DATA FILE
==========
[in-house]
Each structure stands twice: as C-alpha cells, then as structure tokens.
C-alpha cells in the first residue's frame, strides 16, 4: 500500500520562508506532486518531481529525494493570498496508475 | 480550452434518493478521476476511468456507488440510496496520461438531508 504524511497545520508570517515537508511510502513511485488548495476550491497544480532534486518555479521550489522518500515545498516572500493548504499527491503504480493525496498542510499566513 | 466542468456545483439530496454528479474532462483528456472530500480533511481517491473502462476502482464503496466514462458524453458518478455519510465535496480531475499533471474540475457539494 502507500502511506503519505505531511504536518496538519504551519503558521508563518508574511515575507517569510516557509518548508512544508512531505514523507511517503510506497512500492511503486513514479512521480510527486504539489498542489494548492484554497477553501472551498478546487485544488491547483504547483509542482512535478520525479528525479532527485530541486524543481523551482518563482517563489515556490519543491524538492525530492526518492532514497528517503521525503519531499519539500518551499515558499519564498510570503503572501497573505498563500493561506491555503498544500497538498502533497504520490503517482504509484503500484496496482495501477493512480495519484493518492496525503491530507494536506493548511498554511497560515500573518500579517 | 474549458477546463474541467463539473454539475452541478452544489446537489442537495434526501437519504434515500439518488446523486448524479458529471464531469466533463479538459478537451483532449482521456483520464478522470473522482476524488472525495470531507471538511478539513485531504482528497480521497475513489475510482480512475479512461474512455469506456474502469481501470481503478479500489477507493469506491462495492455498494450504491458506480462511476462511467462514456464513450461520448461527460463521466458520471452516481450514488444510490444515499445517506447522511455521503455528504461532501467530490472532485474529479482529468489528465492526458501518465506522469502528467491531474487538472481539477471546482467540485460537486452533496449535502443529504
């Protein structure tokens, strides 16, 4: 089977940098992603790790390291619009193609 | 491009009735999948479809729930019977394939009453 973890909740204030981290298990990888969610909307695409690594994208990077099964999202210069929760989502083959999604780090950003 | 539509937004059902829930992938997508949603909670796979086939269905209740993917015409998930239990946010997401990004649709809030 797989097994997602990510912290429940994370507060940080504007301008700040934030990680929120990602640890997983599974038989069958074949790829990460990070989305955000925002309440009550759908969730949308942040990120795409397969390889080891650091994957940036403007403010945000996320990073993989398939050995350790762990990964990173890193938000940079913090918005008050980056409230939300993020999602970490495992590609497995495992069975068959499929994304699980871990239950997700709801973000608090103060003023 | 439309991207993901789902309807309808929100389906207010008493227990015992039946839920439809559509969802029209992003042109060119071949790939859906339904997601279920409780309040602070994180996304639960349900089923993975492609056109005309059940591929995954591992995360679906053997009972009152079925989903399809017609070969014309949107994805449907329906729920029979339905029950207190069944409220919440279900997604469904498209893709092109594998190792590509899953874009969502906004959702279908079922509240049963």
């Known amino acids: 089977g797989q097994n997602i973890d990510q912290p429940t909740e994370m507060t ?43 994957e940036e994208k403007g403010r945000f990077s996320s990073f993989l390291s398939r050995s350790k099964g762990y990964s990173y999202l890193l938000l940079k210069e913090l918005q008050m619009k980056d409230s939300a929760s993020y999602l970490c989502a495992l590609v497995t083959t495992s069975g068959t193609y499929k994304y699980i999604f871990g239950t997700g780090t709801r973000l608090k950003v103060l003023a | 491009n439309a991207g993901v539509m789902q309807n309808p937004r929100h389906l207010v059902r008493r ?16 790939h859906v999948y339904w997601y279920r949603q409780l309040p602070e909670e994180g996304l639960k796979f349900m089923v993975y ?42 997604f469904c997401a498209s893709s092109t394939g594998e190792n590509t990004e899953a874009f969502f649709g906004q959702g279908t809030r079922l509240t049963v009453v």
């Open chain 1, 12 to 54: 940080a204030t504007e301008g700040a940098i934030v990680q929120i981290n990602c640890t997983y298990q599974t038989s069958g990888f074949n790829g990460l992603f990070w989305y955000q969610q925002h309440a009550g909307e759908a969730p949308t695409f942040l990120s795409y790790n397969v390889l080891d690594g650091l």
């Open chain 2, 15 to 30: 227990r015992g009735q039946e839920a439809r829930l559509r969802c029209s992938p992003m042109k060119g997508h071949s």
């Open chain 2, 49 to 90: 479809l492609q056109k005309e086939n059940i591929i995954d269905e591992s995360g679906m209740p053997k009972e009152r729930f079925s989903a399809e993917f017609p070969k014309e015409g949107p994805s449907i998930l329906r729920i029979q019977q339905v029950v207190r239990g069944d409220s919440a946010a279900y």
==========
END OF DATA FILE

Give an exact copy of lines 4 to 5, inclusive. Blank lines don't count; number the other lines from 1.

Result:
């Protein structure tokens, strides 16, 4: 089977940098992603790790390291619009193609 | 491009009735999948479809729930019977394939009453 973890909740204030981290298990990888969610909307695409690594994208990077099964999202210069929760989502083959999604780090950003 | 539509937004059902829930992938997508949603909670796979086939269905209740993917015409998930239990946010997401990004649709809030 797989097994997602990510912290429940994370507060940080504007301008700040934030990680929120990602640890997983599974038989069958074949790829990460990070989305955000925002309440009550759908969730949308942040990120795409397969390889080891650091994957940036403007403010945000996320990073993989398939050995350790762990990964990173890193938000940079913090918005008050980056409230939300993020999602970490495992590609497995495992069975068959499929994304699980871990239950997700709801973000608090103060003023 | 439309991207993901789902309807309808929100389906207010008493227990015992039946839920439809559509969802029209992003042109060119071949790939859906339904997601279920409780309040602070994180996304639960349900089923993975492609056109005309059940591929995954591992995360679906053997009972009152079925989903399809017609070969014309949107994805449907329906729920029979339905029950207190069944409220919440279900997604469904498209893709092109594998190792590509899953874009969502906004959702279908079922509240049963």
């Known amino acids: 089977g797989q097994n997602i973890d990510q912290p429940t909740e994370m507060t ?43 994957e940036e994208k403007g403010r945000f990077s996320s990073f993989l390291s398939r050995s350790k099964g762990y990964s990173y999202l890193l938000l940079k210069e913090l918005q008050m619009k980056d409230s939300a929760s993020y999602l970490c989502a495992l590609v497995t083959t495992s069975g068959t193609y499929k994304y699980i999604f871990g239950t997700g780090t709801r973000l608090k950003v103060l003023a | 491009n439309a991207g993901v539509m789902q309807n309808p937004r929100h389906l207010v059902r008493r ?16 790939h859906v999948y339904w997601y279920r949603q409780l309040p602070e909670e994180g996304l639960k796979f349900m089923v993975y ?42 997604f469904c997401a498209s893709s092109t394939g594998e190792n590509t990004e899953a874009f969502f649709g906004q959702g279908t809030r079922l509240t049963v009453v």